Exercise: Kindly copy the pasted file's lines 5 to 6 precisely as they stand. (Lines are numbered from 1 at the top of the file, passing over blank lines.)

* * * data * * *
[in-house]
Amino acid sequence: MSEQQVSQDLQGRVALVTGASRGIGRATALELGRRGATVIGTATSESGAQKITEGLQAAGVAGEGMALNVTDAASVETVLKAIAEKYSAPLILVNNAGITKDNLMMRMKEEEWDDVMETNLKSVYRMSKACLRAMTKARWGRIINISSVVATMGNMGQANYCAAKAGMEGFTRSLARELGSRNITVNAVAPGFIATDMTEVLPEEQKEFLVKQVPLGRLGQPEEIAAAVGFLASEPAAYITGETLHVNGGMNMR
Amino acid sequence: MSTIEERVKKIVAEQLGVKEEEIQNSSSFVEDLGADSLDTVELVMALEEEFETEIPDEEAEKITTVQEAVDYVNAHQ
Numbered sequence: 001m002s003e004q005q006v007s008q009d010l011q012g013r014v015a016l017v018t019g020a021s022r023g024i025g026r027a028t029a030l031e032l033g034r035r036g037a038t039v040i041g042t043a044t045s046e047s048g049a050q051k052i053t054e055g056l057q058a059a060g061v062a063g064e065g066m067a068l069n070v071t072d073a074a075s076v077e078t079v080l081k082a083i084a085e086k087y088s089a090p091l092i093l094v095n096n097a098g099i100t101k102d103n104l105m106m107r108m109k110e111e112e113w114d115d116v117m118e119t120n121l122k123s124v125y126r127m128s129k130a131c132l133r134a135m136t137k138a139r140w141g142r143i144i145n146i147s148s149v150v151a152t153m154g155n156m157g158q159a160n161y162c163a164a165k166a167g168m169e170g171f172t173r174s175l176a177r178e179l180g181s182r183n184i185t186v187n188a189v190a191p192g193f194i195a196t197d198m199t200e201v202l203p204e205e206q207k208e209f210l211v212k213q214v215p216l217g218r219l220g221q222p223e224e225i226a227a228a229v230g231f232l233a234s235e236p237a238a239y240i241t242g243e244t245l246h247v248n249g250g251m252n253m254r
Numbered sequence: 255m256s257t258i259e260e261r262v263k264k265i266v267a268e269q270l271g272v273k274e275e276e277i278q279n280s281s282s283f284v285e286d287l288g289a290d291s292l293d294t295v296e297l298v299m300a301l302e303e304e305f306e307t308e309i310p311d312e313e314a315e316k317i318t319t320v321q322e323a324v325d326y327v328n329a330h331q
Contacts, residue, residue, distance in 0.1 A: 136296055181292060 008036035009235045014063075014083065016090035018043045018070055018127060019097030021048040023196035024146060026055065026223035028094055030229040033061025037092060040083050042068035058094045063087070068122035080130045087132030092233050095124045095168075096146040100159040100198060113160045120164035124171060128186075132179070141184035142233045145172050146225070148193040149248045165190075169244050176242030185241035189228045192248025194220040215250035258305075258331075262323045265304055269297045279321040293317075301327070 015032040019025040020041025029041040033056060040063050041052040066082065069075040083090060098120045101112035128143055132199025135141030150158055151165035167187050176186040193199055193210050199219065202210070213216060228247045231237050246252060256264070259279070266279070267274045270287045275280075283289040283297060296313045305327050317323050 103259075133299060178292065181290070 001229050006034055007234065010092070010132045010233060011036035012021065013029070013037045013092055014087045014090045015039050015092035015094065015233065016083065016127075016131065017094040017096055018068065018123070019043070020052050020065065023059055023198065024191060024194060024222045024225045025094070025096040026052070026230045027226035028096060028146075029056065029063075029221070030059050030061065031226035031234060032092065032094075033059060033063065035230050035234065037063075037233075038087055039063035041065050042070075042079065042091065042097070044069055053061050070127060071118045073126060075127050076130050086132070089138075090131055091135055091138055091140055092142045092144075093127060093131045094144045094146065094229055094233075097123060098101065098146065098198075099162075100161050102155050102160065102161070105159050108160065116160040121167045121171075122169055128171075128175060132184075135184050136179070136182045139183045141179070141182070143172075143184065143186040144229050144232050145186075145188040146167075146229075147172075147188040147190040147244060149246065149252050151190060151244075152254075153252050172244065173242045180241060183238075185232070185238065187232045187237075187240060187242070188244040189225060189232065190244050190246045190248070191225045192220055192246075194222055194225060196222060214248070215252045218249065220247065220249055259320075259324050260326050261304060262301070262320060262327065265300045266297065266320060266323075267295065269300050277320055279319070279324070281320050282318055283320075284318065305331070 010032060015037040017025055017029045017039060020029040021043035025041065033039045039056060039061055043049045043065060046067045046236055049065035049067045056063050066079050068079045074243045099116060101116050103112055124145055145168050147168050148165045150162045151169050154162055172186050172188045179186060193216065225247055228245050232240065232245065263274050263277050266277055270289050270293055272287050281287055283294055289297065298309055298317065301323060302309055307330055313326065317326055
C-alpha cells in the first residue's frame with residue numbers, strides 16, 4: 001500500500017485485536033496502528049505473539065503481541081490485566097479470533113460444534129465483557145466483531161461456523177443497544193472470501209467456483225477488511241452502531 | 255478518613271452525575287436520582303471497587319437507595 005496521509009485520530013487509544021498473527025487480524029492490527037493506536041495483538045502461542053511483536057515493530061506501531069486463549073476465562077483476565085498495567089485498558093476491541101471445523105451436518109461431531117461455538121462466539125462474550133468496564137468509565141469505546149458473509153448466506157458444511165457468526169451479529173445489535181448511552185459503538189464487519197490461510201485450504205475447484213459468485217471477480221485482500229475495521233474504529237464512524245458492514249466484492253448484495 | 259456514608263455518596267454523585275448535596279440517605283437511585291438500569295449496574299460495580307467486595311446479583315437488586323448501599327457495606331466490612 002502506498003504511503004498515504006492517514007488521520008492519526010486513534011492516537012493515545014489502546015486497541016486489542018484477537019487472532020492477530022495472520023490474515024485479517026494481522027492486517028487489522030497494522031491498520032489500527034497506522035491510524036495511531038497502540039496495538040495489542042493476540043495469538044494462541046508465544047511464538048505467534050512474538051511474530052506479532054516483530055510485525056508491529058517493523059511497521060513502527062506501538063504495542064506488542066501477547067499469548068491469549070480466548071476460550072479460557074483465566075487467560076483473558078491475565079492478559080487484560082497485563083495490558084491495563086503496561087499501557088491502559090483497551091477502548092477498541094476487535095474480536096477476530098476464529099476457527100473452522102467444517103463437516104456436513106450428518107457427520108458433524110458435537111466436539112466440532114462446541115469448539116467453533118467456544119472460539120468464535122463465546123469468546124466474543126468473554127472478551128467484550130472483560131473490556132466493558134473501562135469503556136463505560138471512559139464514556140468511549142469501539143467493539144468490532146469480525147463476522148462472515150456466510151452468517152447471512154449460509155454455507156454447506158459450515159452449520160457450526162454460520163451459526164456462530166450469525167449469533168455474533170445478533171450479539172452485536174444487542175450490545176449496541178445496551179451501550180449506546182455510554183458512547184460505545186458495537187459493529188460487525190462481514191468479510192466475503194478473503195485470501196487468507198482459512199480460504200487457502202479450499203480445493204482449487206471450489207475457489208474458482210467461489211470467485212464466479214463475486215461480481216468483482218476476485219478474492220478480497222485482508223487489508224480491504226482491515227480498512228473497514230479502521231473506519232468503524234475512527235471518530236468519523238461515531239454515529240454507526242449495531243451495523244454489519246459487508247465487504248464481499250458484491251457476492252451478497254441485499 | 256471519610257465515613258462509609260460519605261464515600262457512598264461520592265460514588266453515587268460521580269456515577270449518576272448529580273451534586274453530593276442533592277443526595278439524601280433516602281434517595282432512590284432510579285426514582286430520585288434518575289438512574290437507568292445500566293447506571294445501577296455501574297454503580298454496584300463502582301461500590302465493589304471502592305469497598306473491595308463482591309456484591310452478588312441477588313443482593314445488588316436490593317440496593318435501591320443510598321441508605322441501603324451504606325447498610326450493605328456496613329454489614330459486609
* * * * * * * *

Numbered sequence: 255m256s257t258i259e260e261r262v263k264k265i266v267a268e269q270l271g272v273k274e275e276e277i278q279n280s281s282s283f284v285e286d287l288g289a290d291s292l293d294t295v296e297l298v299m300a301l302e303e304e305f306e307t308e309i310p311d312e313e314a315e316k317i318t319t320v321q322e323a324v325d326y327v328n329a330h331q
Contacts, residue, residue, distance in 0.1 A: 136296055181292060 008036035009235045014063075014083065016090035018043045018070055018127060019097030021048040023196035024146060026055065026223035028094055030229040033061025037092060040083050042068035058094045063087070068122035080130045087132030092233050095124045095168075096146040100159040100198060113160045120164035124171060128186075132179070141184035142233045145172050146225070148193040149248045165190075169244050176242030185241035189228045192248025194220040215250035258305075258331075262323045265304055269297045279321040293317075301327070 015032040019025040020041025029041040033056060040063050041052040066082065069075040083090060098120045101112035128143055132199025135141030150158055151165035167187050176186040193199055193210050199219065202210070213216060228247045231237050246252060256264070259279070266279070267274045270287045275280075283289040283297060296313045305327050317323050 103259075133299060178292065181290070 001229050006034055007234065010092070010132045010233060011036035012021065013029070013037045013092055014087045014090045015039050015092035015094065015233065016083065016127075016131065017094040017096055018068065018123070019043070020052050020065065023059055023198065024191060024194060024222045024225045025094070025096040026052070026230045027226035028096060028146075029056065029063075029221070030059050030061065031226035031234060032092065032094075033059060033063065035230050035234065037063075037233075038087055039063035041065050042070075042079065042091065042097070044069055053061050070127060071118045073126060075127050076130050086132070089138075090131055091135055091138055091140055092142045092144075093127060093131045094144045094146065094229055094233075097123060098101065098146065098198075099162075100161050102155050102160065102161070105159050108160065116160040121167045121171075122169055128171075128175060132184075135184050136179070136182045139183045141179070141182070143172075143184065143186040144229050144232050145186075145188040146167075146229075147172075147188040147190040147244060149246065149252050151190060151244075152254075153252050172244065173242045180241060183238075185232070185238065187232045187237075187240060187242070188244040189225060189232065190244050190246045190248070191225045192220055192246075194222055194225060196222060214248070215252045218249065220247065220249055259320075259324050260326050261304060262301070262320060262327065265300045266297065266320060266323075267295065269300050277320055279319070279324070281320050282318055283320075284318065305331070 010032060015037040017025055017029045017039060020029040021043035025041065033039045039056060039061055043049045043065060046067045046236055049065035049067045056063050066079050068079045074243045099116060101116050103112055124145055145168050147168050148165045150162045151169050154162055172186050172188045179186060193216065225247055228245050232240065232245065263274050263277050266277055270289050270293055272287050281287055283294055289297065298309055298317065301323060302309055307330055313326065317326055